Remember that thing called investment?
Remember that thing called investment?
It was not just that the UK grew appreciably faster in 2013 than had been widely predicted at the start of the year; it was more that the components of growth began to suggest the UK economy was entering a new phase. The headline was that household spending made the biggest contribution to the increase in activity during the year. It accounted for 1.5% of the 1.8% gain in total GDP. Other contributions were fairly minor – 0.2% from government spending, -0.1% from fixed capital investment, 0.3% from inventories and 0.1% from trade (the traditional statistical discrepancy means that the contributions from demand components of GDP do not sum to the growth rate itself). At a glance, this does not seem to support my assertion that we may be about to embark on a new stage of the recovery, but the annual contributions hide an important trend in one crucial area: capital spending.
According to the statisticians, the final quarter of 2012 saw a collapse in business’s spending on machinery and equipment, which contributed to an overall decline of 4.5% in capital investment (and a 7.8% decline in business investment, itself), when compared to the previous quarter. I admit to being not a little suspicious of this reported slump in spending, although the previous two quarters were also weak. In purely statistical terms, the falling trend in spending meant that investment coming into 2013 started from a very low base. This made it very difficult for there to be any positive contribution from investment during 2013 as a whole when compared with 2012. But the quarterly trend last year paints a different picture, with consecutive quarter-on-quarter increases of 0.5%, 3.9%, 1.7% and 2.4%. Thus, in the fourth quarter, investment spending was some 8.7% up compared to a year earlier; this is a rather nice mirror image of the first quarter when it was 8.7% down on the level in the same quarter of 2012. What is more, if we look at the year-on-year growth rate of 2.7% in fourth quarter GDP, 1.2% is accounted for by the rebound in capital spending, with 1.5% being attributable to household spending.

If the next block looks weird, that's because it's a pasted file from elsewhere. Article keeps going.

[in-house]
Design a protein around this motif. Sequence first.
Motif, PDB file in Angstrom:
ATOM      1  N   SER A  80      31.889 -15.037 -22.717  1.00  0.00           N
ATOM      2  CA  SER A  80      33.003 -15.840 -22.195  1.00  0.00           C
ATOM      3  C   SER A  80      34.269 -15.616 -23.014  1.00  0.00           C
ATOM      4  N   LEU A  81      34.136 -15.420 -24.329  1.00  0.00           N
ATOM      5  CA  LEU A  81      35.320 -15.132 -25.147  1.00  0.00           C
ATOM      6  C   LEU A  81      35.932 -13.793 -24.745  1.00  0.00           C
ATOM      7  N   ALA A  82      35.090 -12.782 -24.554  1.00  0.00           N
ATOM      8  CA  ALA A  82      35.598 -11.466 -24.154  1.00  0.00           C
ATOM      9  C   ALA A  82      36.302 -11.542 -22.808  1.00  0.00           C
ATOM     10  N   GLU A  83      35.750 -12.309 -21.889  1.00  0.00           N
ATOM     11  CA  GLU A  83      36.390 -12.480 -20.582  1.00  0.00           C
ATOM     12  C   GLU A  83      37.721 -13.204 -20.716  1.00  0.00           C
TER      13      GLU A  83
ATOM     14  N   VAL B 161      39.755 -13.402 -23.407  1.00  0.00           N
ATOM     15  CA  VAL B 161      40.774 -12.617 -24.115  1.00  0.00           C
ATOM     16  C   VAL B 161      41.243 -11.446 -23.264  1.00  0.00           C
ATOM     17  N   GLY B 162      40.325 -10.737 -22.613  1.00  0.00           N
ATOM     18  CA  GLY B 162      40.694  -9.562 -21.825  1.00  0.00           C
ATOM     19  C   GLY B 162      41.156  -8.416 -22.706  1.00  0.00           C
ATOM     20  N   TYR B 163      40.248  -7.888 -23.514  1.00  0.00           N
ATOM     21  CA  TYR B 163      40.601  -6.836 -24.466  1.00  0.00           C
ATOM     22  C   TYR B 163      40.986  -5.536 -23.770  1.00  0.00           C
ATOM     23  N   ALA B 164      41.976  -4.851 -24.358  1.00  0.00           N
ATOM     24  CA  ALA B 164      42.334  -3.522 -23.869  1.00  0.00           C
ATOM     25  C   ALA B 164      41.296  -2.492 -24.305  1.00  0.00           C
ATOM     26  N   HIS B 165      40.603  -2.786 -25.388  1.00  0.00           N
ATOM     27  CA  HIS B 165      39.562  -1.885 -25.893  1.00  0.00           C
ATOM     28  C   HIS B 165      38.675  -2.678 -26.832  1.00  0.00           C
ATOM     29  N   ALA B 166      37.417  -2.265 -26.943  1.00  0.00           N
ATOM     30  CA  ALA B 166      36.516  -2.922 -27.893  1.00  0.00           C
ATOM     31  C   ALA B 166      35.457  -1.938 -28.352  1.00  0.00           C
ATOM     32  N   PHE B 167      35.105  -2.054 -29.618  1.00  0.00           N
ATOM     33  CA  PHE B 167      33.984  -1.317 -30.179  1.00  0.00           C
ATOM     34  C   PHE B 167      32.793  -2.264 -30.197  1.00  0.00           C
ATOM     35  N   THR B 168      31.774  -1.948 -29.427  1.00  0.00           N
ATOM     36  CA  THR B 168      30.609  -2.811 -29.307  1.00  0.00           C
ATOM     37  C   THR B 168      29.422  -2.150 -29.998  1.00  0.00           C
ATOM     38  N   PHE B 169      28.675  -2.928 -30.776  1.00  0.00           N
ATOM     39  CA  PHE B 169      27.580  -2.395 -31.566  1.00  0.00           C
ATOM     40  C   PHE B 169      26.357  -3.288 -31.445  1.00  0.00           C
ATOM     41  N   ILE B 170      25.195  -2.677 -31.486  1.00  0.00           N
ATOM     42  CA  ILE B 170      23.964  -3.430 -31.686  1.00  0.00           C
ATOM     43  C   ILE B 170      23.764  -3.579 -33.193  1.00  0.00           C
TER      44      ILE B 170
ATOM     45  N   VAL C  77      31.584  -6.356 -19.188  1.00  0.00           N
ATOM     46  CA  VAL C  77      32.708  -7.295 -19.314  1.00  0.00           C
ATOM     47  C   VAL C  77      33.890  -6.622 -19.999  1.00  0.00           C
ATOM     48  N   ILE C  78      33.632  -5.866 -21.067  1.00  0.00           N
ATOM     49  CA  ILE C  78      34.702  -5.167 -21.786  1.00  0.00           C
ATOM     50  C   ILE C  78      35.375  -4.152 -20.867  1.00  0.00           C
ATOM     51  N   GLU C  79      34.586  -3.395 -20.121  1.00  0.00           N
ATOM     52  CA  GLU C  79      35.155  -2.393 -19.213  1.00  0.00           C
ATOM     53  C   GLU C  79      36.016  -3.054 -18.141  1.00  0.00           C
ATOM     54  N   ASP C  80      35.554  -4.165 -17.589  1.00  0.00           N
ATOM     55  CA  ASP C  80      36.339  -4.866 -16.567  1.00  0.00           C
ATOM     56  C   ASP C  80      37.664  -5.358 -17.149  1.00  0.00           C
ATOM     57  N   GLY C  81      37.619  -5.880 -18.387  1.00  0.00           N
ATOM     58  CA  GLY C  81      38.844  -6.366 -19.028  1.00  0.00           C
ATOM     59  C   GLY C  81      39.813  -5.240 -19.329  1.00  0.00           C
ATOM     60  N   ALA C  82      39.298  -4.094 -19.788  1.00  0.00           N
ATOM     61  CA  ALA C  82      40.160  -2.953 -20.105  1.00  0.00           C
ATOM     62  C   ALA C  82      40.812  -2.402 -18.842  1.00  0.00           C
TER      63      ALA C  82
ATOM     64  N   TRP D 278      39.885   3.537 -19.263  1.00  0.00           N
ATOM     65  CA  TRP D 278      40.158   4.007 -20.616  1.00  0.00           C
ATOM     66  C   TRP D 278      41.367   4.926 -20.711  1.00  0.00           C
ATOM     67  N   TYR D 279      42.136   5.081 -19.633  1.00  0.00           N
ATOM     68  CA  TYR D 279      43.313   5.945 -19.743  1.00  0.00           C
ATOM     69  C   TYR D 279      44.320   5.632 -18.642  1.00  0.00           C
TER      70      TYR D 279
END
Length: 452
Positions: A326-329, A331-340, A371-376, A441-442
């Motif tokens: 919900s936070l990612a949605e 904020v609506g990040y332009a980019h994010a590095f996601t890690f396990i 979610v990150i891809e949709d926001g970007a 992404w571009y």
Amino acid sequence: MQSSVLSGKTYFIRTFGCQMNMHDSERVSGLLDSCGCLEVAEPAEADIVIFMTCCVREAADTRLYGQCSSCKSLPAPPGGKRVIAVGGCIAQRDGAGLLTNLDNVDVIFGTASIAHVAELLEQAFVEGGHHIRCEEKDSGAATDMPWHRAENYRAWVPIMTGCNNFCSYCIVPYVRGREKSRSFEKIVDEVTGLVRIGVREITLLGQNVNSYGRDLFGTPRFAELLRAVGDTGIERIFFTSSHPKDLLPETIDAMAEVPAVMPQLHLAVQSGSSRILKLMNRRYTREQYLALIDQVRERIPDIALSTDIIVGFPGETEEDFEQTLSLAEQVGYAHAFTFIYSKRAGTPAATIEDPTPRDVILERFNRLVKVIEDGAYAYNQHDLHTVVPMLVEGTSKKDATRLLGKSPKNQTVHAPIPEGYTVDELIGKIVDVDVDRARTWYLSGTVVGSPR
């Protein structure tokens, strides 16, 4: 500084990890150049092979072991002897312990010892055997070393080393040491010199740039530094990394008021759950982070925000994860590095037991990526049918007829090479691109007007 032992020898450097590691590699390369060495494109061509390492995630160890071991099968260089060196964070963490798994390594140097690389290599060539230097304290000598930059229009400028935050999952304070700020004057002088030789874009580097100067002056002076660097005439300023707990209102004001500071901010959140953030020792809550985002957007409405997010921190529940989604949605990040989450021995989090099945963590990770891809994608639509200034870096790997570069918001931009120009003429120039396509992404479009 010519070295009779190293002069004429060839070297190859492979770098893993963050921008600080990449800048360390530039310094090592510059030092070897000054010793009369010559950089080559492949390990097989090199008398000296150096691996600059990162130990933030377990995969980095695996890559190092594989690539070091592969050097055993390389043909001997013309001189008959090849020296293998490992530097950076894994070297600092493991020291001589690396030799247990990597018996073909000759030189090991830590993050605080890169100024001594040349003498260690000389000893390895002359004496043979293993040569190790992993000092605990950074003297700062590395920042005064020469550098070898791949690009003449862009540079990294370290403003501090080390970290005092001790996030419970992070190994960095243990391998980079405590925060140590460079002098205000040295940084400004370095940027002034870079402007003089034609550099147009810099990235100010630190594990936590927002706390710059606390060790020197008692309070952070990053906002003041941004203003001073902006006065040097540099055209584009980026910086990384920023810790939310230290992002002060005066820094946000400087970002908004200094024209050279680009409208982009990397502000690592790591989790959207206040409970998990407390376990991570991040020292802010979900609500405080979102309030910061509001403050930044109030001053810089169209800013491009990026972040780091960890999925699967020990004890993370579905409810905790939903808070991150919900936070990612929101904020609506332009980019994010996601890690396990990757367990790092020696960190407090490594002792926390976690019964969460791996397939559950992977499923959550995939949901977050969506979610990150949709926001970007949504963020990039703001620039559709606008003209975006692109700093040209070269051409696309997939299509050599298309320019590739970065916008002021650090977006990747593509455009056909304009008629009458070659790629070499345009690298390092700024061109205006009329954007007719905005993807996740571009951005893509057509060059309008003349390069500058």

So, while it remains true that capital investment in 2013 was 0.5% lower than in 2012, this hides the real story, which is that by the year end there had already been a very marked turnaround. I believe it is this feature of the economy that could prove crucial over the next few years.
Alongside the previous weakness in capital spending had been a dire trend in productivity and, conversely, very buoyant employment numbers. Whereas economists have been writing about the employment conundrum, I think it makes perfect sense that companies have been employing more people when investment spending has been so weak. All other things being equal, you would have expected the UK to have supported its recent growth through productivity gains and, therefore, with no noticeable impact on employment. But other things have not been equal. Against a backdrop in which there will have been significant retirement of capital, companies have had to take on more people even to support modest growth. This is not a conundrum; it is merely the consequence of companies lacking the confidence to undertake longer-term investment programmes.
If, as the latest national accounts data implies, we are now at the start of a reasonably strong upturn in capital spending, we can expect a greater proportion of total growth in the economy to be supported by productivity gains. At the same time, unless GDP races ahead, further gains in employment are likely to be comparatively modest. But this is not something that we should worry about; productivity is unequivocally a good thing. Indeed, it is at the top of the list of good things. Once output per person begins to grow more rapidly, companies will see profit margins start to improve and the employed labour force will begin to see per capita incomes rise in real terms. Generating sustainable growth in demand, this then becomes a positive feedback loop. The icing on the cake, of course, would be a similar improvement in the UK’s trade position, based on a rebound in export growth. While this may have to wait another year or so to emerge fully, it would finally mark a successful rebalancing of the UK economy.